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Shaler teachers call strike 'last resort'

Wednesday, Sept. 4, 2013, 11:48 p.m.

Striking teachers at Shaler Area School District won't disclose the state of negotiations, maintaining their workforce is underpaid with too large a burden placed on health care insurance premiums.

“We've been at this for two years now,” Shaler teachers union President Melissa Ravas said. “Our position won't change or go away just because we're striking now. For us, this was a last resort.”

About 380 teachers went on strike Tuesday, which would have been the district's first day of classes.

District officials have argued that teachers' average salary — among the lowest in Allegheny County at $56,362 — was a result of the younger, less-experienced employees that replaced more than 300 retirees in the last 15 years.

Superintendent Wes Shipley said about 43 percent of the teaching staff has less than 10 years of classroom experience, though state records show Shaler teachers have an average of 13.3 years of experience. That includes an average of 12 years in Shaler Area schools.

In Allegheny County, teachers have an average of 12.9 years of experience, of which 11.6 years were spent in their current district. The average teacher salary in Allegheny County is $65,342.

In 2011, the median per capita income for a single person in Shaler Township was $30,837. The median family income with two or more earners was $65,851.

In August, negotiators urged Ravas and union leaders to agree to a salary and step freeze in the first year of any agreement. District officials proposed a step movement in the following years and salary increases to the lowest 10 steps and the highest step. The union rejected a step freeze and asked for a1.1 percent increase to all base salaries.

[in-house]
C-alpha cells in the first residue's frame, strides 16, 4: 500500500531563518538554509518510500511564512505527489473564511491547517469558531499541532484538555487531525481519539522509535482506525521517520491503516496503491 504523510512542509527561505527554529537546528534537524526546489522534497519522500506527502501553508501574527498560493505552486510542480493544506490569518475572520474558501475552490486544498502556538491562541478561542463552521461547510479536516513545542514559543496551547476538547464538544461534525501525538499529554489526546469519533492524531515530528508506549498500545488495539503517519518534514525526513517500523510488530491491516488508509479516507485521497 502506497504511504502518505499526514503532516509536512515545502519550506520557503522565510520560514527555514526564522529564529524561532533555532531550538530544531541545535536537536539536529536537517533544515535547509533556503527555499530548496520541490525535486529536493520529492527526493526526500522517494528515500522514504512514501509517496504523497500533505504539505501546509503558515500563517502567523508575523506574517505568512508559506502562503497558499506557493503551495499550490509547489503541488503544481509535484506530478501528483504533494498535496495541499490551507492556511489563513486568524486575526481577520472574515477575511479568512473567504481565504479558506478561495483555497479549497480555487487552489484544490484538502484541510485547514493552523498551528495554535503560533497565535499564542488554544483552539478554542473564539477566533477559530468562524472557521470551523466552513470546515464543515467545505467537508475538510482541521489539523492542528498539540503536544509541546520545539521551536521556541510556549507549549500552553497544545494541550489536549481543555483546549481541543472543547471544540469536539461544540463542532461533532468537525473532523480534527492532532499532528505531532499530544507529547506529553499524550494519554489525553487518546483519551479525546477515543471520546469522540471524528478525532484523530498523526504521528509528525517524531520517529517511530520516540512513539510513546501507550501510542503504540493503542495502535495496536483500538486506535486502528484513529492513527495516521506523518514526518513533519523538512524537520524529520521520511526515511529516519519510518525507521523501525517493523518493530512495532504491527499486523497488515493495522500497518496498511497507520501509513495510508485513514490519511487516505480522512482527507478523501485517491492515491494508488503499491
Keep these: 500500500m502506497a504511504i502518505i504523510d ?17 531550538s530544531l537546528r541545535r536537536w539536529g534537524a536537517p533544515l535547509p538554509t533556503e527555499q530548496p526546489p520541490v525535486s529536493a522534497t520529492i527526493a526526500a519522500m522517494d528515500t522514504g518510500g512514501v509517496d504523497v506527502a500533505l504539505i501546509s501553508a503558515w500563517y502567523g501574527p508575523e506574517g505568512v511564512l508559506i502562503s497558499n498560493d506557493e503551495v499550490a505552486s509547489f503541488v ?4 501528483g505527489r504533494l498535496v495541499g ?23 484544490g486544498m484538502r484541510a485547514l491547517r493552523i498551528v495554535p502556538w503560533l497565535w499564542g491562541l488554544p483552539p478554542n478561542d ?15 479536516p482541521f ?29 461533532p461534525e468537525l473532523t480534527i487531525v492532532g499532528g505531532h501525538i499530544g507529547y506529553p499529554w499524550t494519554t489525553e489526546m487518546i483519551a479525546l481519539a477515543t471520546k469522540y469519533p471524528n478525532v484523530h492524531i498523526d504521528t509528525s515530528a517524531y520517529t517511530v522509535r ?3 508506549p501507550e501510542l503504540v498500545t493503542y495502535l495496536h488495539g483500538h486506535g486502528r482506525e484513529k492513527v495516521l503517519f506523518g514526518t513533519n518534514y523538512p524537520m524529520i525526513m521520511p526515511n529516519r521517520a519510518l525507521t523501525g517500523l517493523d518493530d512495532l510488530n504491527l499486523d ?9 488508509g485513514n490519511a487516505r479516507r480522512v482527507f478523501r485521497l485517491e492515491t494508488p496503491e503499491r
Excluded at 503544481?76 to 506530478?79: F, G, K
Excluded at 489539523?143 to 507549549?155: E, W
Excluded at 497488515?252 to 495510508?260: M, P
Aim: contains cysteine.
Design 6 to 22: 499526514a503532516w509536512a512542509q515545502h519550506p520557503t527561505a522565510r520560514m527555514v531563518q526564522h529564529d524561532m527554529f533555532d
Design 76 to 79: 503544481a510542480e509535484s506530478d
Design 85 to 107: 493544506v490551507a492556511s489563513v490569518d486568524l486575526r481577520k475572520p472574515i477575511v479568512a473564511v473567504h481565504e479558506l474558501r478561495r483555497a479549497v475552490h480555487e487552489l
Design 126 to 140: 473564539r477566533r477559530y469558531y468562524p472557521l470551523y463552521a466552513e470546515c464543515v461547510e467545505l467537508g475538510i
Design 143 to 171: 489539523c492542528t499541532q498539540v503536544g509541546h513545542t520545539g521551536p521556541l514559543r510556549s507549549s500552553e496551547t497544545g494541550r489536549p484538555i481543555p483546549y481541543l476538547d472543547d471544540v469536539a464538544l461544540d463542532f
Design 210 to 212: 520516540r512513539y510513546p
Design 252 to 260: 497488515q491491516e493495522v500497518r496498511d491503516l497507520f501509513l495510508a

Shaler Area employees move through salary steps, which include pay increases, each year based on teaching experience and education.

District officials want teachers to pay a higher percentage — at least 15 percent, depending on the plan — of their health care premiums. The union tentatively agreed to an increase, though not 15 percent. Shipley said the two sides made progress on the health care issues during a three-hour negotiating session Wednesday night, but remain at a stalemate over salaries.

Shaler Area teachers now pay a monthly fee of $20 per individual and $40 per family HMO with the option for PPO.

A 2013 Employer Health Benefits Survey by the Kaiser Wellness Foundation found the national average for single employee health care contributions is 18 percent, above the district's offer.

Though neither side would detail their latest offers, Shipley said the district could not afford an across-the-board pay increase.

Jane Fisher, PTO vice president at Shaler Area Middle School, said her organization asked teachers and district officials last winter to open negotiations to the public. They didn't receive a response.

“We don't know what's been offered or what's been turned down,” Fisher said. “We don't know anything more than we knew when they decided to strike in June.”

The district pays retirement benefits worth $10,000 to $15,000 a year for each of the approximately 150 newly retired teachers under the age of 65.

“We were faced with rising costs and declining enrollment with an aging workforce worth $86,000 or more per teacher,” said Charlie Bennett, Shaler's director of business affairs. “By offering retirement incentives, we have to pay that health care premium, but we save a lot hiring entry-level teachers at around $40,000 a year.”

Shaler Area enrollment stands at about 4,650, about 1,000 fewer students than in 2000-01.

Megan Harris is a staff writer for Trib Total Media. She can be reached at 412-388-5815 or Staff writers Bethany Hofstetter and Daveen Rae Kurutz contributed.

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